Pretoria: International Relations and Cooperation Deputy Minister Ebrahim Ebrahim said on Friday that a resolution was necessary in Israel’s occupation of Palestinian land and that the issue was not about whether or not people should boycott Israel.
“There has to be a resolution. I think that whether people go to Israel or not is neither here nor there but the problem arises because of the inability of the Israeli government to resolve or grant the Palestian people … an independent state,” said the deputy minister.
On Tuesday, Ebrahim said that South Africa did not have a policy aimed at boycotting Israel, but that Pretoria discouraged people from visiting Israel because of the latter’s continued occupation of Palestinian land.
“We have no policy that says boycott Israel, but we believe that Israel is an occupying power and that we should discourage people from visiting that country,” he said on Tuesday.
At a joint media briefing on Friday, following the second Meeting of the South Africa-Vietnam Partnership Forum that was co-chaired by Ebrahim and his Vietnamese counterpart Le Luong Minh, the deputy minister said the real issue was the continued occupation.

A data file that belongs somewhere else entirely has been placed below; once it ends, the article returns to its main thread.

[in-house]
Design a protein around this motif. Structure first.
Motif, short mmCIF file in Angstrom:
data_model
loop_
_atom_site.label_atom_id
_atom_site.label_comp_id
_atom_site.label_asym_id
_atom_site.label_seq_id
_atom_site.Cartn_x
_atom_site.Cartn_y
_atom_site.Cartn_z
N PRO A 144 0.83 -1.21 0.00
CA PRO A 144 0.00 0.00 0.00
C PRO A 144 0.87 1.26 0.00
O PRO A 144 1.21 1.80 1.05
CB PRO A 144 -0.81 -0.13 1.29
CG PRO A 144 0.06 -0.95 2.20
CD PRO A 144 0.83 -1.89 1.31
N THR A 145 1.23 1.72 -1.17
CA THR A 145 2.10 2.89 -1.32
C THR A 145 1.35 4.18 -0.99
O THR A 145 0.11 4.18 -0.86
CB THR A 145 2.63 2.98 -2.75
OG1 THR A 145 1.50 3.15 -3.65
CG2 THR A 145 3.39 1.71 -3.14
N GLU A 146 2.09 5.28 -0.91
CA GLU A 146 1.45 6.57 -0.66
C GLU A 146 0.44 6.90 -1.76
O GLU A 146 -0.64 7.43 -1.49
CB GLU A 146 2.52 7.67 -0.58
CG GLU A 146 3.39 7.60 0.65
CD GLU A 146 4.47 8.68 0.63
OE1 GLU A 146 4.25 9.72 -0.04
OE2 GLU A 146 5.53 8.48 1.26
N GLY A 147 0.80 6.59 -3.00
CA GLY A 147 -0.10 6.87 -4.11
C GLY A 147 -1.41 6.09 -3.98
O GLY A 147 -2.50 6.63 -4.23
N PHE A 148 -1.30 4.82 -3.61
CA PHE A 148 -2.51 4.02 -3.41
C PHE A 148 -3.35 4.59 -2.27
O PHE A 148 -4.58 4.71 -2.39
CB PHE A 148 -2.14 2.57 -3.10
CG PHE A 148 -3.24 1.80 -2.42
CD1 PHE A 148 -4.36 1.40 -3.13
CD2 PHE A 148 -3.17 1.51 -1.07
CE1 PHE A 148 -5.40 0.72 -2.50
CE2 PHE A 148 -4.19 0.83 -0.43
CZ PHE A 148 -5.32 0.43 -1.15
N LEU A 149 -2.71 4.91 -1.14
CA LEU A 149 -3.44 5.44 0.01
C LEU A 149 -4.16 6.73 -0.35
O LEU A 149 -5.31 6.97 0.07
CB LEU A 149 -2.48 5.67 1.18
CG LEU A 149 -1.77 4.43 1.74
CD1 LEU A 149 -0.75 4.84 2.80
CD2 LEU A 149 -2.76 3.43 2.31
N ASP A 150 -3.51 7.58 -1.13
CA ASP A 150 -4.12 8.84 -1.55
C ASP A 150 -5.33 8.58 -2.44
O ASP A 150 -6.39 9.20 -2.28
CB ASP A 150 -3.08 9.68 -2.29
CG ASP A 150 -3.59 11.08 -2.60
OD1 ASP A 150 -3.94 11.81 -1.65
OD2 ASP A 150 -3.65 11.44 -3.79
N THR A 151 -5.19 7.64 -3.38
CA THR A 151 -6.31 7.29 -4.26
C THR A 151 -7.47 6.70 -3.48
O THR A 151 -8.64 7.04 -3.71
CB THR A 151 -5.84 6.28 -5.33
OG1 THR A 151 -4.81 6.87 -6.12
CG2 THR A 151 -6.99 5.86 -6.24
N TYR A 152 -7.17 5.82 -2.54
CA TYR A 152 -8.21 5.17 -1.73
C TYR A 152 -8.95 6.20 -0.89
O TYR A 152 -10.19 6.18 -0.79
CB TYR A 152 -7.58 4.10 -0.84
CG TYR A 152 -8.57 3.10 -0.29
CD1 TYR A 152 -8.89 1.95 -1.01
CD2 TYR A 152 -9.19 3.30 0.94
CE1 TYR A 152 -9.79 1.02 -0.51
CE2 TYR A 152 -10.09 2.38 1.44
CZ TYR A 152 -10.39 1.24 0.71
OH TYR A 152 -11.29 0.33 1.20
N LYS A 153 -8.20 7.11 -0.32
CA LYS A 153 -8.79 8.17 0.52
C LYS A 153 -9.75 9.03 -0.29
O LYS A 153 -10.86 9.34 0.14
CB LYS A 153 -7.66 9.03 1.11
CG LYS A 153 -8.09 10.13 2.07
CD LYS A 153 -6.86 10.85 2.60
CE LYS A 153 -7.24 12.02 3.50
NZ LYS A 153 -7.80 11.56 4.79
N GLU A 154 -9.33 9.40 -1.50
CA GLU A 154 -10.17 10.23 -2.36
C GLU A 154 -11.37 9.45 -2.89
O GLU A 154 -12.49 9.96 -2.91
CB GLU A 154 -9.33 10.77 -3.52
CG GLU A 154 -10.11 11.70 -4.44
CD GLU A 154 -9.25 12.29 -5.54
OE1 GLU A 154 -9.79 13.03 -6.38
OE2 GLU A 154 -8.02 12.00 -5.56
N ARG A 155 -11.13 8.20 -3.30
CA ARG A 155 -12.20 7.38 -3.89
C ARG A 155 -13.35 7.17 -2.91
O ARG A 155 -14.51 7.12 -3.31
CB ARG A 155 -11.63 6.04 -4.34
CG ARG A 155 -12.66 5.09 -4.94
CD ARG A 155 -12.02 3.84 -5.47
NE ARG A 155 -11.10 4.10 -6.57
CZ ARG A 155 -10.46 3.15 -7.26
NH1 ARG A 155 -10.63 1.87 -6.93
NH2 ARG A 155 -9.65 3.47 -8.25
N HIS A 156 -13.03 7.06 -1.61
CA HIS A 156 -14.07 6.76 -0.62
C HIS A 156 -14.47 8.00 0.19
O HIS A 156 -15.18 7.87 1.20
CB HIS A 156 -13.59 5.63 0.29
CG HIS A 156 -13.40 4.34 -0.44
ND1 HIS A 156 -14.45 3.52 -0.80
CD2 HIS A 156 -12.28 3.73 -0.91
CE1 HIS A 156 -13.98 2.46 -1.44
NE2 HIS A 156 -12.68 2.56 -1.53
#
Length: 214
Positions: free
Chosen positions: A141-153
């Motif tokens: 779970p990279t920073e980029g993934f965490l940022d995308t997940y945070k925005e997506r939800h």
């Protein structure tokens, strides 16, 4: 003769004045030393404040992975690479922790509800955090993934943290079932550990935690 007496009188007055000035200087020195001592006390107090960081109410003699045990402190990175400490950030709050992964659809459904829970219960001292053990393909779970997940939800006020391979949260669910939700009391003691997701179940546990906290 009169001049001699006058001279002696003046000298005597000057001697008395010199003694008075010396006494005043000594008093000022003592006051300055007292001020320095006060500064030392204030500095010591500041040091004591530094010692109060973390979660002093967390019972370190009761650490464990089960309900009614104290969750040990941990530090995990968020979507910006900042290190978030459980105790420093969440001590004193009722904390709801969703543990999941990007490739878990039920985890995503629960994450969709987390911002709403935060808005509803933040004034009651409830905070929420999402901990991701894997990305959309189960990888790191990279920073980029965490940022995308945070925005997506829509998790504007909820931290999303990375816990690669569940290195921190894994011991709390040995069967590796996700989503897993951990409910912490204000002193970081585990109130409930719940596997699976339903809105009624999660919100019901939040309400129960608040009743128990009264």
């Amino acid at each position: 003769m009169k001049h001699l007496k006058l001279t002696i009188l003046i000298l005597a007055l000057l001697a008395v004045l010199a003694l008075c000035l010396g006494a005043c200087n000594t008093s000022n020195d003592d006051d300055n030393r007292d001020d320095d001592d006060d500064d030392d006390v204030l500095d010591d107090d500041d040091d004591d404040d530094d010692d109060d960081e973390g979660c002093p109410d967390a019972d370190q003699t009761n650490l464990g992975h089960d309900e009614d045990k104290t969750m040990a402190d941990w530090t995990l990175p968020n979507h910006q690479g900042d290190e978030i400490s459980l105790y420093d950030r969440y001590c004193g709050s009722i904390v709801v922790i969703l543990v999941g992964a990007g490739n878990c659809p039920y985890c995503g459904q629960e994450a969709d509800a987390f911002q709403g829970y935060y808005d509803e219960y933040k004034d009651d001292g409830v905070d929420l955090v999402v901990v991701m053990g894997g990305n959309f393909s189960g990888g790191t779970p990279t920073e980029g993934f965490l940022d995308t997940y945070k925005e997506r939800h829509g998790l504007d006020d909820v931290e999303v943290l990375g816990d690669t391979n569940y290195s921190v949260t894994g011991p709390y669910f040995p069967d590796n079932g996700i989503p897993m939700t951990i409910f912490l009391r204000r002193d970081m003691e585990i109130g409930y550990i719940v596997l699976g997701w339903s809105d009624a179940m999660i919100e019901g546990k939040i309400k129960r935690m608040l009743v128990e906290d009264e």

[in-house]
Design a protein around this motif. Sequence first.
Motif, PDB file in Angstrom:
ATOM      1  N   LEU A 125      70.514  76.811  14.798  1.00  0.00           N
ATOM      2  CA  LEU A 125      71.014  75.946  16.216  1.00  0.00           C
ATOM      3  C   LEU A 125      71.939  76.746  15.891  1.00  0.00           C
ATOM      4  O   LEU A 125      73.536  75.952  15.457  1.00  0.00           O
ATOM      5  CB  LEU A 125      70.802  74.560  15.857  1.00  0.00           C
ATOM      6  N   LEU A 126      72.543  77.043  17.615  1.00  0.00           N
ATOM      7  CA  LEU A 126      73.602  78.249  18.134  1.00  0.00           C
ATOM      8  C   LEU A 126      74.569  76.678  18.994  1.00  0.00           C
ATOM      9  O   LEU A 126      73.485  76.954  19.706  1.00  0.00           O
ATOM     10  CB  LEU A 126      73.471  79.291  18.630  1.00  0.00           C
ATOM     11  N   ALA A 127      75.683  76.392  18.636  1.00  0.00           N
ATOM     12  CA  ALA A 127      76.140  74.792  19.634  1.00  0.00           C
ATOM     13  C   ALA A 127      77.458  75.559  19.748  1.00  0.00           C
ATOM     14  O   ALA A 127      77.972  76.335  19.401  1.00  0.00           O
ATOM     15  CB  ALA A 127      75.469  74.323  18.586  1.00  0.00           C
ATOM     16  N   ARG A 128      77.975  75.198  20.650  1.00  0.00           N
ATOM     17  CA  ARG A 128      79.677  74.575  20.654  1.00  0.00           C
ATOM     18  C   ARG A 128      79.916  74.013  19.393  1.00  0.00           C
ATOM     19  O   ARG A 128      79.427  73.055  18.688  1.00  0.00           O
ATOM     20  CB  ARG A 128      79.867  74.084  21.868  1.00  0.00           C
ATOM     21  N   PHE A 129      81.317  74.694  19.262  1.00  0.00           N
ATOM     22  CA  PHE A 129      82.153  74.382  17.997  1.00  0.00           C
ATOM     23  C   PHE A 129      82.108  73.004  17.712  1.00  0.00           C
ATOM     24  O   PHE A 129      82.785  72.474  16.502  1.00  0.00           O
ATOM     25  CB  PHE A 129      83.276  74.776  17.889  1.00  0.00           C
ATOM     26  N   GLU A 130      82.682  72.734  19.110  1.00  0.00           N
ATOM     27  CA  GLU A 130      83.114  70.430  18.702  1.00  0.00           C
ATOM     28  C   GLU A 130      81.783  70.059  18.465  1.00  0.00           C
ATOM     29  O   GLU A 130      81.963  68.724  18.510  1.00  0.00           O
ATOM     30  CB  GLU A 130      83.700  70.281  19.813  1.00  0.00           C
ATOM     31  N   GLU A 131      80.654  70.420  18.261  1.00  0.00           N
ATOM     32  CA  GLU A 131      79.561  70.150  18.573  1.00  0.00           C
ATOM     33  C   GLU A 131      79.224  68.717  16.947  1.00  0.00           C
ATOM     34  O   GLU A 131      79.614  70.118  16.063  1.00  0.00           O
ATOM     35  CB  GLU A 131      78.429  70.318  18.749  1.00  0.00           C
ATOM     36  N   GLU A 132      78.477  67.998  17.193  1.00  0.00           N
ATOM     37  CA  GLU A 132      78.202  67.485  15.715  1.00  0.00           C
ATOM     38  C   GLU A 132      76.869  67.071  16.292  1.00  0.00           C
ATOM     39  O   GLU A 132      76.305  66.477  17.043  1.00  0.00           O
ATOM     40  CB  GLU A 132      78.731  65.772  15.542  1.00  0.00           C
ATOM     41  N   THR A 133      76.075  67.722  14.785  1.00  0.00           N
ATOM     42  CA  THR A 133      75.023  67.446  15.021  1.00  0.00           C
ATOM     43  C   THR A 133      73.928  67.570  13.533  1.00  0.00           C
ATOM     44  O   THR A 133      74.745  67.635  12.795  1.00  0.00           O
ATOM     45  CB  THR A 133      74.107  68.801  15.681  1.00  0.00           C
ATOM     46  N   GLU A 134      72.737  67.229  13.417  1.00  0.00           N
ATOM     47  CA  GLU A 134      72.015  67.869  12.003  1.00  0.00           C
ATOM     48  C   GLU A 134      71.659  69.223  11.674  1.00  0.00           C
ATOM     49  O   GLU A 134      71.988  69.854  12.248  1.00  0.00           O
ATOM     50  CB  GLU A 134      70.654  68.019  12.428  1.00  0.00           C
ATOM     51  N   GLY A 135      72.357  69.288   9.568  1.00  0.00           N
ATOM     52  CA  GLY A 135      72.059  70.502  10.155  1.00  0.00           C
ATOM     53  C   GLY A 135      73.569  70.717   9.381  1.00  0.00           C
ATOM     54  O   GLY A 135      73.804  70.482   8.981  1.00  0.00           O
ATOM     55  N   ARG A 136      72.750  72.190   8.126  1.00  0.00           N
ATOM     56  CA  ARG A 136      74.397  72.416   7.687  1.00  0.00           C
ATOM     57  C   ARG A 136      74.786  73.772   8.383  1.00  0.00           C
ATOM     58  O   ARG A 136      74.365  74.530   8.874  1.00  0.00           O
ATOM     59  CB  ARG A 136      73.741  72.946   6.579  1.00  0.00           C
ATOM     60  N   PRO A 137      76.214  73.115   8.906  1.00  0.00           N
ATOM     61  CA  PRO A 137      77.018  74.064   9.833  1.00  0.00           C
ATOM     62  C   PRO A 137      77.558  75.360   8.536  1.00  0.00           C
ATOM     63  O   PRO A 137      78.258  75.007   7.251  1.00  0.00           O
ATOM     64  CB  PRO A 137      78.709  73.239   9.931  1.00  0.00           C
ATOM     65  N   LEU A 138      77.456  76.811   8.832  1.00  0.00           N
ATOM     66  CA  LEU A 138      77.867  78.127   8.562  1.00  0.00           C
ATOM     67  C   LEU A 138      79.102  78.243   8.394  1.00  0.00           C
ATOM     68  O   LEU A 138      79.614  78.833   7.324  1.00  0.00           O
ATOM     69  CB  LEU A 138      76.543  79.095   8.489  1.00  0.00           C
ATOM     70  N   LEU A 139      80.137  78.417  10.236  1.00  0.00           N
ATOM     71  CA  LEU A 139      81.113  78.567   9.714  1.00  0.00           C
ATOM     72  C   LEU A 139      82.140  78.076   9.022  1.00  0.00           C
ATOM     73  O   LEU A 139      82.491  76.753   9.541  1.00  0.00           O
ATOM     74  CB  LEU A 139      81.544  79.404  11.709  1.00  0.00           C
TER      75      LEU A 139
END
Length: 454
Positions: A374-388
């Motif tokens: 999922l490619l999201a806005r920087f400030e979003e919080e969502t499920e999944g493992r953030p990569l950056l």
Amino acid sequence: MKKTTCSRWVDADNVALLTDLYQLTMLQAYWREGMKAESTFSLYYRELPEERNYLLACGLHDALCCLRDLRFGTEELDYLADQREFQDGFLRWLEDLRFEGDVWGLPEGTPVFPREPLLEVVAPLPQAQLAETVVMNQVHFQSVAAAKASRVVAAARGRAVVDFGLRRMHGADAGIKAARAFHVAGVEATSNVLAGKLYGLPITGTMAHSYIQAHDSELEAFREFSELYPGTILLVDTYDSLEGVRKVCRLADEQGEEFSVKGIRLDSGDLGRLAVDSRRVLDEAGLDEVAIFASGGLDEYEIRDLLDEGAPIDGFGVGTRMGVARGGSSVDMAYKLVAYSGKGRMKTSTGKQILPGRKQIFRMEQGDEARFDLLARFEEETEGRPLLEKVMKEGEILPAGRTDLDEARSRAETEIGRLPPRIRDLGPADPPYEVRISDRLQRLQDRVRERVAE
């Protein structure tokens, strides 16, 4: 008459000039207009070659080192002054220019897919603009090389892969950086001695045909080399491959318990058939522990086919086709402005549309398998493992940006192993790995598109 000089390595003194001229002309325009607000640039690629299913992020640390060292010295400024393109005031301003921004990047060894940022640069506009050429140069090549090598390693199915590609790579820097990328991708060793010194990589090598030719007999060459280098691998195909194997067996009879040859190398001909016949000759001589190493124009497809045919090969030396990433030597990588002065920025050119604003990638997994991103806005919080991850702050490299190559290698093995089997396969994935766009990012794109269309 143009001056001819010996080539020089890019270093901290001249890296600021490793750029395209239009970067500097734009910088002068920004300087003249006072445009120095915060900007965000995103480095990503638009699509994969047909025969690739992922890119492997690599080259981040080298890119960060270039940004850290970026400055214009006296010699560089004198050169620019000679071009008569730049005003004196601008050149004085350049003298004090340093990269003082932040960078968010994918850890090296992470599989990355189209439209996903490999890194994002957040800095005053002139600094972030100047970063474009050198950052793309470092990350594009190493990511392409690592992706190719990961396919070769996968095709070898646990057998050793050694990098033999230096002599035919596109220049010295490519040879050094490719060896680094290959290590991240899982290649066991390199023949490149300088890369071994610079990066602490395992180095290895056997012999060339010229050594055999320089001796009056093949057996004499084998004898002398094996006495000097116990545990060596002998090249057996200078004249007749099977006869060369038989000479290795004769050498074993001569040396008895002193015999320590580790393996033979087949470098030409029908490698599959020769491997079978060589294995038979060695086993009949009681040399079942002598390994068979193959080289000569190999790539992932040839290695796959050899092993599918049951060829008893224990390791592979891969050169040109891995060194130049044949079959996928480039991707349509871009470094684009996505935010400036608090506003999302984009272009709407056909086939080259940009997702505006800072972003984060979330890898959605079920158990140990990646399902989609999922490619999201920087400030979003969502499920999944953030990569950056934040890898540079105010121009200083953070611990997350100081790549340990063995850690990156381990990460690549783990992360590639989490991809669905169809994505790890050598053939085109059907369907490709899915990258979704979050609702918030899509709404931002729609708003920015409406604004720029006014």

“We should not divert from the real crux of the issue that is the continued occupation, the building of settlements and the demolition of Palestinian homes,” he said in response to a question on the matter.
He had noted criticism following earlier comments.
“The constitutional right of every South African is that they can visit wherever they want to go… The whole question of Israel- Palestine has to be looked at. Of course much of the criticism doesn’t seem to address the main issue and the main issue is not whether you go to Israel or not. The main issue is that is there any steps taken by these people to stop the increasing settlement in east Jerusalem. There has to be a move to address the suffering of the Palestinian people,” explained the deputy minister.
Minh said that the notion of co-existence in peace was supported.
The Israeli occupation of Palestinian land, which includes West Bank and Gaza, is seen as the foremost obstacle to peace in the region. Since Israel captured the territories in 1967, the international community, including the UN and international legal bodies, usually refer to the region as the occupied Palestinian territories, something Palestine had continued to reject.
South Africa’s foreign policy had always been guided by finding a political solution to the decades-long crisis.